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Robert Schwarten

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Preceded by
David Watson

Preceded by
Peter Beattie acting

Australian Labor Party

Preceded by
David Watson

Australian Politician

Preceded by
Anna Bligh

Robert Schwarten

Preceded by
Chris Cummins

Preceded by
Les Yewdale

Succeeded by
Simon Finn

Robert Schwarten Robert Schwarten has confirmed that he will walk away from politics

Where are modern democratic policies headed robert schwarten at tedxrockhampton

Robert Evan Schwarten (born 6 October 1954) is an Australian politician.


Cebit australia 2009 queensland ict minister robert schwarten

Early life

Schwarten was born in Rockhampton, and is married with two sons.

Before his entry into politics, he was a teacher and a ministerial advisor to the Deputy Premier.

Political career

From 1985 to 1991 he was an alderman on Rockhampton City Council. A member of the Australian Labor Party, he was elected to the Legislative Assembly of Queensland in 1989 as the member for Rockhampton North, but was defeated in 1992.

In 1995 he was reelected to parliament, this time as the member for Rockhampton. He was Minister for Public Works and Information and Communication Technology in Anna Bligh's Labor Government. He held the Public Works portfolio from 1998 to 2011. Schwarten stood down from Parliament and was replaced by Bill Byrne, who held the seat for Labor.

2000 Labour Day incident

Schwarten drew national media attention when he was involved in a violent scuffle with Craig Brown, the husband of Federal MP Kirsten Livermore, following Rockhampton's Labour Day celebrations in May 2000. Brown lodged a formal complaint with the Queensland Police Service alleging assault occasioning bodily harm, but the complaint was later withdrawn. Premier Peter Beattie described the altercation between Schwarten and Brown as a "robust debate at a Labour Day function". Following the incident, the state Labor government faced several days of the state opposition referring to the incident in Parliament Question Time, where the opposition alleged that the police were ready to charge Schwarten, but held off after learning that both Schwarten and Brown were due to meet with senior Australian Labor Party figures in an attempt to resolve the situation.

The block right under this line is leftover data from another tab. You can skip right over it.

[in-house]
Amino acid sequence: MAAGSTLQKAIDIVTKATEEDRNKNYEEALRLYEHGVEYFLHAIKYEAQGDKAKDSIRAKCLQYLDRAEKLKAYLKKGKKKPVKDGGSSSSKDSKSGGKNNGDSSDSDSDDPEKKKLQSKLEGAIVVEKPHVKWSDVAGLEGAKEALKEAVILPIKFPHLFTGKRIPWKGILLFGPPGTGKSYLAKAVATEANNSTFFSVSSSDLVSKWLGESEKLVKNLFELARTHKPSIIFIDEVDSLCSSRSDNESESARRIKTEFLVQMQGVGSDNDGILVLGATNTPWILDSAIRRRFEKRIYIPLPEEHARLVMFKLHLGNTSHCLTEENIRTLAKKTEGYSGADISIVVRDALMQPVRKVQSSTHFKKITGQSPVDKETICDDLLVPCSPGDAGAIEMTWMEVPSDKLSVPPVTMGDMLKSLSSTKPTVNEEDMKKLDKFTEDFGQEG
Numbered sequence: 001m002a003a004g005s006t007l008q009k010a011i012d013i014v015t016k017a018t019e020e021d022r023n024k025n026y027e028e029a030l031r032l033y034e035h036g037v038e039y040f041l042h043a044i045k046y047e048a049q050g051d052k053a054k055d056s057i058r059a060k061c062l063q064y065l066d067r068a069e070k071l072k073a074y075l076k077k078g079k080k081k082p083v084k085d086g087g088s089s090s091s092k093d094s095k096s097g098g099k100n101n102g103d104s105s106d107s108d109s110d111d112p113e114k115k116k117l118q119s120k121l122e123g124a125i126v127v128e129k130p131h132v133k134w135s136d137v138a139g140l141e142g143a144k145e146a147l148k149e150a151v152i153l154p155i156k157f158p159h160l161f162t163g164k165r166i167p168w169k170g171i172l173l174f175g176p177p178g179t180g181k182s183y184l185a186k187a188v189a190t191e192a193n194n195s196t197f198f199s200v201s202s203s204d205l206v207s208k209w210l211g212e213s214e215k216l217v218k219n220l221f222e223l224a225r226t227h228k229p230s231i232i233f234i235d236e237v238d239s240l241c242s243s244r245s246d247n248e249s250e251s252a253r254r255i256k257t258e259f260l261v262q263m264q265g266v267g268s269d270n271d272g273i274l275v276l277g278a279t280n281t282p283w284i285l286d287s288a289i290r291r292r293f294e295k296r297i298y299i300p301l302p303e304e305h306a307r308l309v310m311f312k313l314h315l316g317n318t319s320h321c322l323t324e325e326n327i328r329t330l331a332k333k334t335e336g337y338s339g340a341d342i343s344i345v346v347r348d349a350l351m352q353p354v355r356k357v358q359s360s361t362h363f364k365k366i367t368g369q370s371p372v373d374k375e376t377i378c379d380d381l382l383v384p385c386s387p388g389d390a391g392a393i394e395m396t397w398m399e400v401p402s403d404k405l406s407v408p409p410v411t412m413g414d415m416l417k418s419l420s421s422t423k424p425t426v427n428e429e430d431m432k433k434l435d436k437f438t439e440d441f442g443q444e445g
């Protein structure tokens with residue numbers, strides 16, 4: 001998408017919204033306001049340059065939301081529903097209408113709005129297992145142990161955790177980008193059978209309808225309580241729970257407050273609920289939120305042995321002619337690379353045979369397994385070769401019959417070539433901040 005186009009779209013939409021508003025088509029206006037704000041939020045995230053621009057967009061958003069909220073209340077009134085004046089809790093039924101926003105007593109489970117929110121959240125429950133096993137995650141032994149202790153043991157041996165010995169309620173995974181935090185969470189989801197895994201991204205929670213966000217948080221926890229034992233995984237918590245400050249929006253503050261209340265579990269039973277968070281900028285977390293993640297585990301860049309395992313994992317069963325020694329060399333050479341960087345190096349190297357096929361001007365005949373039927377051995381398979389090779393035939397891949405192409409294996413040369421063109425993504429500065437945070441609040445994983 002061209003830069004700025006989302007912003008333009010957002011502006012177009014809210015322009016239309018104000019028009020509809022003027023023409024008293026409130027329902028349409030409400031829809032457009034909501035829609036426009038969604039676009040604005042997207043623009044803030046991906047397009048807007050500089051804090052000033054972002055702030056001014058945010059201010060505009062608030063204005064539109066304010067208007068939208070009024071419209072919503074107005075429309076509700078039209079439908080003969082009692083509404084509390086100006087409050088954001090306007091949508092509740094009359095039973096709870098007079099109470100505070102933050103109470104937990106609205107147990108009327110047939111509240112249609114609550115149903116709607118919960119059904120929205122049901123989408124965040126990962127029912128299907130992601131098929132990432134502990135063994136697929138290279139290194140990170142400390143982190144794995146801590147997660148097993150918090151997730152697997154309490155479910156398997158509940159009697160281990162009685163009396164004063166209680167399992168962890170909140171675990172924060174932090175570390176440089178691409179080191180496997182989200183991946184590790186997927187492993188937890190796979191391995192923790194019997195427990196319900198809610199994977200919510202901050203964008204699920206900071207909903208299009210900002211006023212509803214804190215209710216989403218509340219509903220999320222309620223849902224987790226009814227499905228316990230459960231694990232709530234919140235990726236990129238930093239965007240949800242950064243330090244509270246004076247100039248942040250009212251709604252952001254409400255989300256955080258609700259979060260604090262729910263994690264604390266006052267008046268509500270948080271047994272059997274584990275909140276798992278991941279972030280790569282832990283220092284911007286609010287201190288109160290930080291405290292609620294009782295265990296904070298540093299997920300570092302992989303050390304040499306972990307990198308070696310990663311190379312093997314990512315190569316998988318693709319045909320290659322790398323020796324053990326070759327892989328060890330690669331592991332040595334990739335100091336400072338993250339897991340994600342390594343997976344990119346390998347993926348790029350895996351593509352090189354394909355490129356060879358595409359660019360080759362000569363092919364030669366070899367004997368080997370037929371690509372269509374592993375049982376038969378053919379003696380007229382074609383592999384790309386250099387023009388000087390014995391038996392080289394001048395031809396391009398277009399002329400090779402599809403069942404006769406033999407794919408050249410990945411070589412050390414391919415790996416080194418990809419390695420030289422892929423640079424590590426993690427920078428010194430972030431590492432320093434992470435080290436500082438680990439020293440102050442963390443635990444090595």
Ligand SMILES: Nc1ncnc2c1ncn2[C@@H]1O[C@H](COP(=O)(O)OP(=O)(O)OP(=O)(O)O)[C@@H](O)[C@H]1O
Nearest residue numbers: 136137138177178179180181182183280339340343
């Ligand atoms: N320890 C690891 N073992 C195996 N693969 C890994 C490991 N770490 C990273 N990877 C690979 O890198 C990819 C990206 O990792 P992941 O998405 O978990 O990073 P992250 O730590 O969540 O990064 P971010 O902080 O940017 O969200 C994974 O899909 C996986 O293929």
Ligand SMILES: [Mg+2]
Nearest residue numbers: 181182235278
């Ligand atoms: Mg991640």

2010 restaurant incident

In July 2010, it was reported that Schwarten had become involved in a verbal stoush with other diners at a Rockhampton restaurant. An unnamed customer had told media that Schwarten was swearing, shouting and threatening to fight other customers. However, Schwarten claimed he was provoked. He said while he and his wife Judy were sitting down to a meal, customers began being offensive, verbally attacking him, and upsetting his wife. Judy Schwarten said that she was upset at the incident and claimed her husband had gone over to shake hands with the customers but they shoved him away. The manager of the restaurant apologised to Schwarten following the incident.

2012 ramming incident

In January 2012, 62 year-old Brian John Hillier was charged with three counts of wilful damage after he used his vehicle to deliberately ram the home of Robert Schwarten in the Rockhampton suburb of Park Avenue, and the office of Kirsten Livermore in the Rockhampton CBD. Earlier, Hiller had also rammed another private residence in what was believed to be a case of mistaken identity as the house was located next door to a home belonging to someone with the surname, Livermore.

Police told the Rockhampton Magistrates Court that they had found handwritten notes in Hiller's vehicle of addresses and markings on a street map. Police also said that discovered a litany of large, hand-written anti-government signage strewn along the front fence of Hiller's property at Rockyview, on the northern outskirts of Rockhampton. Hiller applied for bail on 27 January 2012, which the police prosecutor opposed as police believed Hillier may have confronted Schwarten and Livermore under the guise of political activism. The bail application was refused and Hiller was remanded in custody. Queensland Premier, Anna Bligh condemned the actions of the man saying that his behaviour had no place in Australian democracy.


Robert Schwarten Wikipedia

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